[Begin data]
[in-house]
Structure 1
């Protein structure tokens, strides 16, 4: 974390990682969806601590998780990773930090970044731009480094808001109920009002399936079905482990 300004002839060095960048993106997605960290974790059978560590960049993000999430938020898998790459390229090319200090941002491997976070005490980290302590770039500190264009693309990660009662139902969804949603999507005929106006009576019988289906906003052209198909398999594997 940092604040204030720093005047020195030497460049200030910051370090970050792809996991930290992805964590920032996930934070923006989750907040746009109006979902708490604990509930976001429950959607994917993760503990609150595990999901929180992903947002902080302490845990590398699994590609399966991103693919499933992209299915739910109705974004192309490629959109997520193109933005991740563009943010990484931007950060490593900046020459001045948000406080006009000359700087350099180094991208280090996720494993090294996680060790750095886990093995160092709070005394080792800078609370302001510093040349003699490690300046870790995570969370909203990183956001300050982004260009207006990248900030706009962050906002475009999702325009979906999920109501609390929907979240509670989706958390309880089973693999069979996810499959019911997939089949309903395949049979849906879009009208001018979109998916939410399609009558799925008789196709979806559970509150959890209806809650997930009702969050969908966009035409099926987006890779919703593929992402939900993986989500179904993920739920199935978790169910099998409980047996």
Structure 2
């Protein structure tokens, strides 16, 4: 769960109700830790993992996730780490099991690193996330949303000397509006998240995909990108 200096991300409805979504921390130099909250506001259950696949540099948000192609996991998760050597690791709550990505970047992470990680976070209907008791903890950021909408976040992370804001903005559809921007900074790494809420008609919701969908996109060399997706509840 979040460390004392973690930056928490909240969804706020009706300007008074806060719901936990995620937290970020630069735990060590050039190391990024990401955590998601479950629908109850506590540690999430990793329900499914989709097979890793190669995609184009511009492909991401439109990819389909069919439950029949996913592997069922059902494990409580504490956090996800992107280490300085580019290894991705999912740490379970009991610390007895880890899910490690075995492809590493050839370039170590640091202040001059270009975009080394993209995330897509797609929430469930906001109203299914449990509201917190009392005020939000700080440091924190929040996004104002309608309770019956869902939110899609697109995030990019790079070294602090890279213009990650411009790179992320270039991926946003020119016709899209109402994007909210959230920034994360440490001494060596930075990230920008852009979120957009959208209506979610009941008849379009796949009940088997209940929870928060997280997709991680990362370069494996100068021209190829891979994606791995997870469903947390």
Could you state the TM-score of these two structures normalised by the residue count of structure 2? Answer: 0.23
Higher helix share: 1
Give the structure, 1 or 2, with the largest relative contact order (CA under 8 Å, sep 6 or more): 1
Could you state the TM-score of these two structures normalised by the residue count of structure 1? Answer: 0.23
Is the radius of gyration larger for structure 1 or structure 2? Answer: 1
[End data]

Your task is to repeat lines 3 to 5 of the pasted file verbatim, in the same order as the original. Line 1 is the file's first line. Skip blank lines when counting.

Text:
């Protein structure tokens, strides 16, 4: 974390990682969806601590998780990773930090970044731009480094808001109920009002399936079905482990 300004002839060095960048993106997605960290974790059978560590960049993000999430938020898998790459390229090319200090941002491997976070005490980290302590770039500190264009693309990660009662139902969804949603999507005929106006009576019988289906906003052209198909398999594997 940092604040204030720093005047020195030497460049200030910051370090970050792809996991930290992805964590920032996930934070923006989750907040746009109006979902708490604990509930976001429950959607994917993760503990609150595990999901929180992903947002902080302490845990590398699994590609399966991103693919499933992209299915739910109705974004192309490629959109997520193109933005991740563009943010990484931007950060490593900046020459001045948000406080006009000359700087350099180094991208280090996720494993090294996680060790750095886990093995160092709070005394080792800078609370302001510093040349003699490690300046870790995570969370909203990183956001300050982004260009207006990248900030706009962050906002475009999702325009979906999920109501609390929907979240509670989706958390309880089973693999069979996810499959019911997939089949309903395949049979849906879009009208001018979109998916939410399609009558799925008789196709979806559970509150959890209806809650997930009702969050969908966009035409099926987006890779919703593929992402939900993986989500179904993920739920199935978790169910099998409980047996």
Structure 2
């Protein structure tokens, strides 16, 4: 769960109700830790993992996730780490099991690193996330949303000397509006998240995909990108 200096991300409805979504921390130099909250506001259950696949540099948000192609996991998760050597690791709550990505970047992470990680976070209907008791903890950021909408976040992370804001903005559809921007900074790494809420008609919701969908996109060399997706509840 979040460390004392973690930056928490909240969804706020009706300007008074806060719901936990995620937290970020630069735990060590050039190391990024990401955590998601479950629908109850506590540690999430990793329900499914989709097979890793190669995609184009511009492909991401439109990819389909069919439950029949996913592997069922059902494990409580504490956090996800992107280490300085580019290894991705999912740490379970009991610390007895880890899910490690075995492809590493050839370039170590640091202040001059270009975009080394993209995330897509797609929430469930906001109203299914449990509201917190009392005020939000700080440091924190929040996004104002309608309770019956869902939110899609697109995030990019790079070294602090890279213009990650411009790179992320270039991926946003020119016709899209109402994007909210959230920034994360440490001494060596930075990230920008852009979120957009959208209506979610009941008849379009796949009940088997209940929870928060997280997709991680990362370069494996100068021209190829891979994606791995997870469903947390």